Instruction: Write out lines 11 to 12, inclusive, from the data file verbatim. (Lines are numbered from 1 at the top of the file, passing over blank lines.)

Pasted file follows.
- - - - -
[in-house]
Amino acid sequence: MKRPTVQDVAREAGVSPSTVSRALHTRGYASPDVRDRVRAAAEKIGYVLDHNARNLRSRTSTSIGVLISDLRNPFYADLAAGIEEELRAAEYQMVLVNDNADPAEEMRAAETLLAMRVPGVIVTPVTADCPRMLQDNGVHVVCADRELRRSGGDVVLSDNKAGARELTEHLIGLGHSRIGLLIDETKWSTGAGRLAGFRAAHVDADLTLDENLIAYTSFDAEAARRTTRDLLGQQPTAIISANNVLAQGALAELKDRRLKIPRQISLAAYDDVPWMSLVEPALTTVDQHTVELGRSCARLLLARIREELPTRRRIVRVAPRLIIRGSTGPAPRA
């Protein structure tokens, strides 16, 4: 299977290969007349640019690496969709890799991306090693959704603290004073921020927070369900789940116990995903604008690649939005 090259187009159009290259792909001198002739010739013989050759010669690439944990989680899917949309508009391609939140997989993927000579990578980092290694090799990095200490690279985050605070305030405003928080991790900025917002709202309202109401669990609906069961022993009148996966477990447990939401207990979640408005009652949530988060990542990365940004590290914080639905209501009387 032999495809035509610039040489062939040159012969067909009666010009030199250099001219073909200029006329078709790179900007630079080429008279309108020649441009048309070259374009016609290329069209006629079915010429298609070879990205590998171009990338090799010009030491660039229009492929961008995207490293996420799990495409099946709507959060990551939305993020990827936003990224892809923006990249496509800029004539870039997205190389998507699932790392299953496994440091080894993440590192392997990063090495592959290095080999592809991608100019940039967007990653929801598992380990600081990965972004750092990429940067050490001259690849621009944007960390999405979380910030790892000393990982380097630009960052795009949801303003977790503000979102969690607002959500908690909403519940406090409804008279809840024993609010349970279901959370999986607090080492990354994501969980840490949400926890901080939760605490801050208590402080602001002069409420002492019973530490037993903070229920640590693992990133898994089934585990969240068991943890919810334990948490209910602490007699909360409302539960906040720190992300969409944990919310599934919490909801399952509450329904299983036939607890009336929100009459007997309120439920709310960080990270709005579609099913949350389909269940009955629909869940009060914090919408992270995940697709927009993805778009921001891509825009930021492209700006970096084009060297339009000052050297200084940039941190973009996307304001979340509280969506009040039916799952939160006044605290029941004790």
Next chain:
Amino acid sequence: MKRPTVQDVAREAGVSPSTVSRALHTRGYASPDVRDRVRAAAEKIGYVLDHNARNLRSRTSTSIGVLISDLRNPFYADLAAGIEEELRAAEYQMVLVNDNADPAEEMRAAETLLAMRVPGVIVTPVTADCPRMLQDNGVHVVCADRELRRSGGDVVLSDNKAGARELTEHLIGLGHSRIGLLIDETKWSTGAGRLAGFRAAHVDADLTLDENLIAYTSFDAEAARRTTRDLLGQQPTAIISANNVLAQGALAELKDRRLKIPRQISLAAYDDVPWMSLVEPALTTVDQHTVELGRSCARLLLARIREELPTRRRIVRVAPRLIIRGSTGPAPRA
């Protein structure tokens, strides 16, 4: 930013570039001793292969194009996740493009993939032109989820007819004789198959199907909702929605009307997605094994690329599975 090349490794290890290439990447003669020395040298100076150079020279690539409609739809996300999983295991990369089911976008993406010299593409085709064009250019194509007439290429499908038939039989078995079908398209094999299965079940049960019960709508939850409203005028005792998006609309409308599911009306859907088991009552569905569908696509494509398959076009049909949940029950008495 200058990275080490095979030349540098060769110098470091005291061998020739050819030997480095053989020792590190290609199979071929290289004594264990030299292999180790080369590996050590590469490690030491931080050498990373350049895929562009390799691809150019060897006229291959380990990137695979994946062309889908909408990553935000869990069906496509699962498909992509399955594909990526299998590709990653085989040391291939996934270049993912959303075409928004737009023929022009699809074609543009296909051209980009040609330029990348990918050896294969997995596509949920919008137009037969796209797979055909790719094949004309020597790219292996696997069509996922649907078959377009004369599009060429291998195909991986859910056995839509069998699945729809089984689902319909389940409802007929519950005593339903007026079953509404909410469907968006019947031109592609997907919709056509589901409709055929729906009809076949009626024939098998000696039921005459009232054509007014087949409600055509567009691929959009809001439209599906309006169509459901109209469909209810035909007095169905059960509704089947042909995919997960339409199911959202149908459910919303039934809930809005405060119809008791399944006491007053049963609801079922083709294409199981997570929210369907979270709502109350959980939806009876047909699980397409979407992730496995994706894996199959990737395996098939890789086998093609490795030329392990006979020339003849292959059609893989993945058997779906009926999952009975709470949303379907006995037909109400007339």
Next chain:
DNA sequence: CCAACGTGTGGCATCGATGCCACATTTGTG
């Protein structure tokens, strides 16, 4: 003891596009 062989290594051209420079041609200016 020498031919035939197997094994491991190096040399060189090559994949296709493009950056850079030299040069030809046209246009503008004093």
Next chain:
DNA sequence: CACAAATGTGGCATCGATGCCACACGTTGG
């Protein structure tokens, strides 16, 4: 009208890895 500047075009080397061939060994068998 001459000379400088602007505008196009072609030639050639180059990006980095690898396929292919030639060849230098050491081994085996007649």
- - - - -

DNA sequence: CACAAATGTGGCATCGATGCCACACGTTGG
């Protein structure tokens, strides 16, 4: 009208890895 500047075009080397061939060994068998 001459000379400088602007505008196009072609030639050639180059990006980095690898396929292919030639060849230098050491081994085996007649």